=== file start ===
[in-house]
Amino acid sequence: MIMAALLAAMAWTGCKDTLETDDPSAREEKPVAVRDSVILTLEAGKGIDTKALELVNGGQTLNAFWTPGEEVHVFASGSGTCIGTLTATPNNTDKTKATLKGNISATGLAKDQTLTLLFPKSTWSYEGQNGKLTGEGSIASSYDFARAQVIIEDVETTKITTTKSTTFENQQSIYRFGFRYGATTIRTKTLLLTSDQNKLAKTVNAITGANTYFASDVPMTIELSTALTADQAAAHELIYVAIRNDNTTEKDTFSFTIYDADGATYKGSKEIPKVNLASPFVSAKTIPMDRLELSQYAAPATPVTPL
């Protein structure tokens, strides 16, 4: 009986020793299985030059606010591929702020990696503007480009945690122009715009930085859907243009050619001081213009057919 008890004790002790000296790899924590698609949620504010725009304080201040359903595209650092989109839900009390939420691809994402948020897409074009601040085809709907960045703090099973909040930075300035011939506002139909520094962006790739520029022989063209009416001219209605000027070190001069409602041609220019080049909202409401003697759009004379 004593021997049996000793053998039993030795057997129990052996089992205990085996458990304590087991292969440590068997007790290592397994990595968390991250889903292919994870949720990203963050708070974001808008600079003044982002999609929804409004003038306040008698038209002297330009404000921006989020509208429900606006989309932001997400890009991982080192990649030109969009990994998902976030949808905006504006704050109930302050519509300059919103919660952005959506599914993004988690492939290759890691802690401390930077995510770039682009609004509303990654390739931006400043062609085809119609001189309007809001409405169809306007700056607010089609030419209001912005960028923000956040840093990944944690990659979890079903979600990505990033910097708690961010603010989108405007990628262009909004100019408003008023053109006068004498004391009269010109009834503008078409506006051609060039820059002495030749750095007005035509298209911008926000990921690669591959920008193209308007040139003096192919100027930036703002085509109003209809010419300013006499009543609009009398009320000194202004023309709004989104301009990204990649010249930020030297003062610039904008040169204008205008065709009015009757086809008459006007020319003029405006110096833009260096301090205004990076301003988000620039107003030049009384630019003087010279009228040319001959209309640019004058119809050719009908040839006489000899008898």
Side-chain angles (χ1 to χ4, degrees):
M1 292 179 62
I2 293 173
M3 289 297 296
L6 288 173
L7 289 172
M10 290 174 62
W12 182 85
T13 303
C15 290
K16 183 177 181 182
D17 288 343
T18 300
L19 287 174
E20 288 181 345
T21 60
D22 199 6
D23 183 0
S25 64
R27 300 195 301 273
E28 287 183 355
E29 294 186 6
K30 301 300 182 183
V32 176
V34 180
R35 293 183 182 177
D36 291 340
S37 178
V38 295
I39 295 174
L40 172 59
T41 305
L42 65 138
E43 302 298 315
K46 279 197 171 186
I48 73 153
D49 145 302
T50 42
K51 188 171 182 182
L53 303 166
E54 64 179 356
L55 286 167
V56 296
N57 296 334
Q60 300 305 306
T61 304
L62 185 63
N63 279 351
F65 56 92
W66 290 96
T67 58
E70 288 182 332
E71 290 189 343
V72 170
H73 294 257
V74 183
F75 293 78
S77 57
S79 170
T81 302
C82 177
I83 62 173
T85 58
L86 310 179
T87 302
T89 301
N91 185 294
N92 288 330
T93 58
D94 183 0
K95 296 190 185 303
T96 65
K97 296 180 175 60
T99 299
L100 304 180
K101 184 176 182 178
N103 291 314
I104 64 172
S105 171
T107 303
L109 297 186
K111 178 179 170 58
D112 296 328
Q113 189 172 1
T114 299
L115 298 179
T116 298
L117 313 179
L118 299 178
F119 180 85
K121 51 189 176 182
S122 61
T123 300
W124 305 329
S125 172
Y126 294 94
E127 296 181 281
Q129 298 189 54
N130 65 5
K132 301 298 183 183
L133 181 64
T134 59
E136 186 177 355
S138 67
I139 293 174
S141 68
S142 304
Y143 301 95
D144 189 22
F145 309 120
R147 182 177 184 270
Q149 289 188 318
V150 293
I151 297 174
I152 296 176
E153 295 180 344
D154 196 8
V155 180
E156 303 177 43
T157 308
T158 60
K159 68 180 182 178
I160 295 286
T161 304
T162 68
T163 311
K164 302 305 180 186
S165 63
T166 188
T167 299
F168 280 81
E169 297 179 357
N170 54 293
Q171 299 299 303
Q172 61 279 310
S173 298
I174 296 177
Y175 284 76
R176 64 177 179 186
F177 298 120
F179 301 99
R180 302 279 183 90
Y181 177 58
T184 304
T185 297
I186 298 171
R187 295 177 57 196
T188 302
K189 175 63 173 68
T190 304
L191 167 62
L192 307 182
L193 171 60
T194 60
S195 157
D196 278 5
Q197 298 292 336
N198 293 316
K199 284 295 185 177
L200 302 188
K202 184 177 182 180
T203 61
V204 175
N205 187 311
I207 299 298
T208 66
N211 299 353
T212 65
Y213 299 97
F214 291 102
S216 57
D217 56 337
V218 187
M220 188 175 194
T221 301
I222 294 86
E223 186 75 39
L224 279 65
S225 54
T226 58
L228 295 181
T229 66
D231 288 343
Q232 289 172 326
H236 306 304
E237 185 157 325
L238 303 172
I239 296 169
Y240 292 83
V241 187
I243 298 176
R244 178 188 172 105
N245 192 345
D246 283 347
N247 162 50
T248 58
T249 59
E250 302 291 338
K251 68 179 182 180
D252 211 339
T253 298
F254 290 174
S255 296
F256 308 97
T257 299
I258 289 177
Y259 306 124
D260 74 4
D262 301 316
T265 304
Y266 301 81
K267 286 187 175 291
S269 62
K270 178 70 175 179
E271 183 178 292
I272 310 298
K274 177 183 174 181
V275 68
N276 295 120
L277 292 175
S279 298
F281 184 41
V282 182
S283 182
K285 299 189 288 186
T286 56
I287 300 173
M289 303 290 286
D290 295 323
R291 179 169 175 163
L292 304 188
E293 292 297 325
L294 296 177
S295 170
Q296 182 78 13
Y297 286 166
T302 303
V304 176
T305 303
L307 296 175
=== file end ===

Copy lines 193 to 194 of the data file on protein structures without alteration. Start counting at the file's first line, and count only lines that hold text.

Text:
V241 187
I243 298 176